Archive for the ‘Related Issues’ Category

Four or Five Stages of Learning: a case study of learning Bogglific on Facebook.

Tuesday, December 18th, 2007

This is the story of a friend of mine, whom we’ll call Jane, discovering Bogglific and getting better at it.

Bogglific and How It Is Played

What’s Bogglific?  It is an on line version of Boggle on the social networking site Facebook.  It is a 4X4 or 5X5 grid in which random letters of the alphabet are displayed.  The game is make words from the letters.  To form a word the letters have to be next to each other.  The player enters the word they see in a box and hits return after each word is entered.  Players can elect to play with penalties for incorrect words or without.  The players receive points for words which other players don’t get.  There are two lengths of game – forty-five seconds or three minutes.

This is a case study of how learning occurs in a very simple situation.  I think it shows some important things about how learning occurs – which I’ll talk about after I’ve told you the story of Jane learning Bogglific.  She has become quite proficient by now.  She has a large vocabulary and is a quick learner.  She is also quite analytical: her changes in perception (which I set out below) came from analysing what better players did.  From a couple of months ago as a complete beginner she now rates in the top 200 of over 5,000 players.

How Jane Learnt to Play Bogglific

Beginning.  At first Jane approached Bogglific by looking at a letter and seeing what other letters were around it and if they formed words.  In this way it was easy to find three and four letter words.  As she got better at this she was able to find longer words.

First realisation.  Groups of letters form many words.  That is a group of letters such as a,t,e,s make up several words (seat, eats, sate, eat, ate, eta, sat).  Once you see a group of letters there is no need to look for these words you just ‘know’ they are there and can enter them without thinking.

Next comes the seeing of different groups of letters.  There are prefixes, (such as an- and re-) and suffixes (such as -ing and -er).  There are also groups of letters within words (such as double letters).  These different groups of letters can then be put together to form longer words.

Second realisation.  It is possible to see the whole ‘board’ and look for the clusters of letters within it.  That is the first look at the board is the whole – not searching it for particular groups of letters but seeing the whole array of letters and where the different clusters are.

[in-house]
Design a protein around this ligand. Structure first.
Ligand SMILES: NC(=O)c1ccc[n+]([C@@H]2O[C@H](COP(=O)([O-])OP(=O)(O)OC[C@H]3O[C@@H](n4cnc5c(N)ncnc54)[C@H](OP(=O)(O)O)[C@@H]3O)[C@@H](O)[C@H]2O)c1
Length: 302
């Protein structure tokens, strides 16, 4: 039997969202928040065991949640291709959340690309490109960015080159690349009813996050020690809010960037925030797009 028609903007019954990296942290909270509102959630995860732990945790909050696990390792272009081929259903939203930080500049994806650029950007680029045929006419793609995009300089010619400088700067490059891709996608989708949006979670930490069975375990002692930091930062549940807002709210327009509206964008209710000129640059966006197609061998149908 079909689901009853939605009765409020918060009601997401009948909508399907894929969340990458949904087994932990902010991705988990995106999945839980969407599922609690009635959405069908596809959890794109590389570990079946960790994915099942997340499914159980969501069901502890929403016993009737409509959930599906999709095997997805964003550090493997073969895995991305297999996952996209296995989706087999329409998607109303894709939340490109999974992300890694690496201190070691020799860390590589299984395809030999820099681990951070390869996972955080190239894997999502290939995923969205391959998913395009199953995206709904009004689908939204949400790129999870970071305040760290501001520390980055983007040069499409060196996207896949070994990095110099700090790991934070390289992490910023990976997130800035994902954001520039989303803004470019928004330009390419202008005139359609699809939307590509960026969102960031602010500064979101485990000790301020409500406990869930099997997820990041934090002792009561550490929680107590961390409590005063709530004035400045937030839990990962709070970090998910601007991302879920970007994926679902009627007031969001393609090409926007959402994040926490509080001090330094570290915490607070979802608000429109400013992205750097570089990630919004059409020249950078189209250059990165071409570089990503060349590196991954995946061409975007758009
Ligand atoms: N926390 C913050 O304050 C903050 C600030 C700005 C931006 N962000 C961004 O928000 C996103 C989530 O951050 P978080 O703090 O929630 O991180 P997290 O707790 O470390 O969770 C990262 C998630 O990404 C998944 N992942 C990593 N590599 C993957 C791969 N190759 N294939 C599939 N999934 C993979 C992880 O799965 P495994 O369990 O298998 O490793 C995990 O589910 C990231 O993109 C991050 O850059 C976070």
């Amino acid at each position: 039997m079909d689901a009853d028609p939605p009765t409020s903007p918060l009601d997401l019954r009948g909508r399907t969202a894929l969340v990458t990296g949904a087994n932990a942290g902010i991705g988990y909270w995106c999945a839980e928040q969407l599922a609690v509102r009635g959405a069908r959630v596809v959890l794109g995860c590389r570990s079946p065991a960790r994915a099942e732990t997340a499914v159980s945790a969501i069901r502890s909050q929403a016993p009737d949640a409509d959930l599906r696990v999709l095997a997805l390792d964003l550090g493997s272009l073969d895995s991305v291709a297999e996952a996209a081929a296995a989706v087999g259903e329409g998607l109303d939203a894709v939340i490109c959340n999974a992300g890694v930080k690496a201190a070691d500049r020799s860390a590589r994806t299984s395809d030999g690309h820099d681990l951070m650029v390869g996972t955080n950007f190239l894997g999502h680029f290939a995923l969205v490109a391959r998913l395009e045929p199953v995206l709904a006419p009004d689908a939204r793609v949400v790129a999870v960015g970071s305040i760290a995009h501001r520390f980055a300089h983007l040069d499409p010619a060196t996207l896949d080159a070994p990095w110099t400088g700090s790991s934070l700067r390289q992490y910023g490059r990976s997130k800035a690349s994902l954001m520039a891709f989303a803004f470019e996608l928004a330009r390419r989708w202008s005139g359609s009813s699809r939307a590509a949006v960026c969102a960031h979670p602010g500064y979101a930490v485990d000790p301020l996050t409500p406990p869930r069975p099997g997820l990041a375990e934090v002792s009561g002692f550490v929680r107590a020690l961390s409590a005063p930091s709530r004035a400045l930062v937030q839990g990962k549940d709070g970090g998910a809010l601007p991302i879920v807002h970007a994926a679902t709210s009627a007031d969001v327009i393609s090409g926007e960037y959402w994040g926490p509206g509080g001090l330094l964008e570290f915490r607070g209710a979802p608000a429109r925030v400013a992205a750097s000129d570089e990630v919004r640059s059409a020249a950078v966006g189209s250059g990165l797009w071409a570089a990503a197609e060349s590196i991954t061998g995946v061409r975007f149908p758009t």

Third realisation.  This perception of the whole leads to the possibility of developing strategy.  It means that Jane can decide what to focus on: lots of small words, longer words, or more unusual words.  It may be possible to win with one obscure word if no one else gets it.  Or it may be possible to win by having a great number of small words.

At this stage it is possible, with simpler games to do other things while playing, such as have a conversation that doesn’t involve much thinking.  The playing has become at some level a routine or ‘habit’.

Bogglific also offers the option of playing solo.  This offers the player the possibility of trying out different ideas and seeing the results without the distraction of other players.  Jane used this to increase her ability to see groups of letters and especially to develop her ability to see the whole array at once.

At this stage other factors than perception become relevant, such as the speed of typing and knowing the other players (different players are better at different groups of letters) so this is where we’ll leave Jane’s learning.

What can we learn from this simple experience of one person?

Firstly progress is by jumps in perception.  Jane didn’t work her way gradually from seeing letters next to other letters to seeing groups of letters.  This perception changed in a flash.  In one game she saw isolated letters in the next game groups of letters.